HBO Max’s ‘Max’ Rebrand Has Left the Internet Confused

Is 2023 officially the year of the rebrand? Well, it certainly looks like it. Following the lead of Elon Musk’s Twitter, Warner Bros. Discover has announced that its flagship streaming service, HBO MAX, has officially rebranded as Max.

Earlier this week, court documents confirmed that Twitter Inc was a thing of the past, as it merged with the nefarious-sounding X Corp. Apparently, rebrands are all the rage at the moment – new year, new me, and all that.

Typically, rebrands don’t occur two years into a platform’s existence; but the same can’t be said of HBO Max.

Officially launching in May of 2020, the Warner Bros. Discovery-owned service has played home to a stellar line-up of shows, including Succession, The Last of Us, The White Lotus, Game of Thrones’ House of the Dragon, Peacemaker, Euphoria, and more.

The platform also boasts exclusive streaming rights to some of the world’s most beloved shows – it’s a long list, but one that’s welcomed over 91 million users to the service.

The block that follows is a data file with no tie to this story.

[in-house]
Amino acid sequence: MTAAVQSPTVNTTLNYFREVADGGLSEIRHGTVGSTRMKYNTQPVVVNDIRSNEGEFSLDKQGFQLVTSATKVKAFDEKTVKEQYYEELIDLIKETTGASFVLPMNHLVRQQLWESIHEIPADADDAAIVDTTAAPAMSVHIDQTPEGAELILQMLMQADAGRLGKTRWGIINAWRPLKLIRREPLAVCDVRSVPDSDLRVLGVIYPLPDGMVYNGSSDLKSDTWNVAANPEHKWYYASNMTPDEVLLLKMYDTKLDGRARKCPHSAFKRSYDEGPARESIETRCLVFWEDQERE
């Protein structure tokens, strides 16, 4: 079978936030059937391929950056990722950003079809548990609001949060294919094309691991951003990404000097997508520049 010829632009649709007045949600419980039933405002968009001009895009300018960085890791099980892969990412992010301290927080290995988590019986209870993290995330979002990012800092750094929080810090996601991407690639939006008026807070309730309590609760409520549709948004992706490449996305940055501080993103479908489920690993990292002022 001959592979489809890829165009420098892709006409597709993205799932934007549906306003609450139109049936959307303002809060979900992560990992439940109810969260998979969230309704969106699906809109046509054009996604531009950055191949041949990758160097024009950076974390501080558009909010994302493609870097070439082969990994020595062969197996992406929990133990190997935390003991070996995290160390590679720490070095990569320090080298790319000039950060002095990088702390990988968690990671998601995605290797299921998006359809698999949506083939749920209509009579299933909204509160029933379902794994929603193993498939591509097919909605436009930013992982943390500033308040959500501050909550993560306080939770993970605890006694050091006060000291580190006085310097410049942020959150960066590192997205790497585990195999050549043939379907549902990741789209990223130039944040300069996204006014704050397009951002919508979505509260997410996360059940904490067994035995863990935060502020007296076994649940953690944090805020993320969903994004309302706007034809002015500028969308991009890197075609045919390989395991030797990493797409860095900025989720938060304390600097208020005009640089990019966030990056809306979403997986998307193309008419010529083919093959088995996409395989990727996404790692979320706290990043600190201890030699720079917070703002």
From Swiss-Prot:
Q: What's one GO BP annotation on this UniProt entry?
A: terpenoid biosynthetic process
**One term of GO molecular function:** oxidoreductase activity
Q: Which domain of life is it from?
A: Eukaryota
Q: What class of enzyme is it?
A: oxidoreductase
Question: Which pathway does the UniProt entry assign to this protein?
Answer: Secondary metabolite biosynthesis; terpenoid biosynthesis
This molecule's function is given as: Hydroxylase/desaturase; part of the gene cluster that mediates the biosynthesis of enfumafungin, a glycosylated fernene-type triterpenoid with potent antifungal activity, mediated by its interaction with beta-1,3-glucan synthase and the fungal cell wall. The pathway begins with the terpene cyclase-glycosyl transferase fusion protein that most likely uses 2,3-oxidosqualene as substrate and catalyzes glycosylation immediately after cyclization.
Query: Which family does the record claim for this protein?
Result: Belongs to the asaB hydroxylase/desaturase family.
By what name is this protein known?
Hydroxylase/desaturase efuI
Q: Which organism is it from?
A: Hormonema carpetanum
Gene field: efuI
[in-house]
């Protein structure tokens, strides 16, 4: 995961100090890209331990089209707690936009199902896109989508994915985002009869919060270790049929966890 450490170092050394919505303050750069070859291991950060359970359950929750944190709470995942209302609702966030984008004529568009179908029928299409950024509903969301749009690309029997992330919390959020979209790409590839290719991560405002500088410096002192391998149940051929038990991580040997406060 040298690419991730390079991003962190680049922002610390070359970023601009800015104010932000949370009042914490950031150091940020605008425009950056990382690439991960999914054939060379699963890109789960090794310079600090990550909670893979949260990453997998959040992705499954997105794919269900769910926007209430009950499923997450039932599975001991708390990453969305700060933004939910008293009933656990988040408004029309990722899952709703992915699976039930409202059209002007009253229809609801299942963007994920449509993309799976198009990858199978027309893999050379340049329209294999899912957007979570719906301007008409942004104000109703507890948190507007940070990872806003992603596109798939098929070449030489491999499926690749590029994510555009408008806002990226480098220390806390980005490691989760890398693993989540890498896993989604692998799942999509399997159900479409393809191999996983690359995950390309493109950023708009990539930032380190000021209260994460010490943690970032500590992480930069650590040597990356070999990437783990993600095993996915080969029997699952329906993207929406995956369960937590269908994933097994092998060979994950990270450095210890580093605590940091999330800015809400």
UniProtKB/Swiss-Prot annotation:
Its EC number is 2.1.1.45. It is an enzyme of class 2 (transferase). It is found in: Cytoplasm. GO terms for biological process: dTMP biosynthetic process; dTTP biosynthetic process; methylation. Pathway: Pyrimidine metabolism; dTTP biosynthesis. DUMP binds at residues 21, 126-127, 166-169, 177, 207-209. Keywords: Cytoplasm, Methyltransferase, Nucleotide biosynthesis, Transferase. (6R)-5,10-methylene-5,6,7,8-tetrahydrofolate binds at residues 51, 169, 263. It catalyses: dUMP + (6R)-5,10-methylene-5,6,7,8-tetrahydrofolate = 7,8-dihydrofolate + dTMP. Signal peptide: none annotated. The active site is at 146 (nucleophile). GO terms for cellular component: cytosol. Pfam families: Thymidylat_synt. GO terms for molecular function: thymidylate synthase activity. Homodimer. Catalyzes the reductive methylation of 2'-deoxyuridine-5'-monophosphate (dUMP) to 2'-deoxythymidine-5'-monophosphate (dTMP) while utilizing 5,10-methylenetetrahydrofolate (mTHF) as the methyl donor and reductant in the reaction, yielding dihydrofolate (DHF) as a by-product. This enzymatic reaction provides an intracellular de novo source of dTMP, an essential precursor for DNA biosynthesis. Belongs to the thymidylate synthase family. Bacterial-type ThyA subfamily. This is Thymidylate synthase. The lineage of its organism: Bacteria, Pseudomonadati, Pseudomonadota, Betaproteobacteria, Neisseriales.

Following an announcement last year that Discovery+ and HBO Max would be merging, along with a price hike.

Now, as part of an announcement event on April 12, which included teasers for a new Game of Thrones spin-off, The Batman spin-off, and a Harry Potter reboot series, the merge was made official; out with HBO Max, in with Max.

Given the strength of the HBO brand identity, with most users (myself included) calling the service “HBO,” the decision feels…off.

Twitter has been alive with memes, sarcasm, and critique concerning the change, which has already taken effect, with tweets sharing the StreamWithMax hashtag.

Interestingly enough, promotional materials include that Max is the “one to watch for HBO.” Again, the decision is utterly perplexing.

To add insult to injury, the platform has also revealed its new three-tier pricing, which includes an ad-enabled service for $9.99 a month, Ad-Free for $15.99, and Ultimate Ad-Free for $19.99.

While we’re all collectively scratching our heads at what an ultimate ad-free service might look like, with one user joking that it should remove product placement from shows and film altogether, I’m sure that the power’s that be at Warner Bros. Discovery are loose-headed, wondering how best to combat current discourse surrounding the change.

We may have seen the back of HBO Max for now, but honestly, something tells me Max isn’t going to stick.

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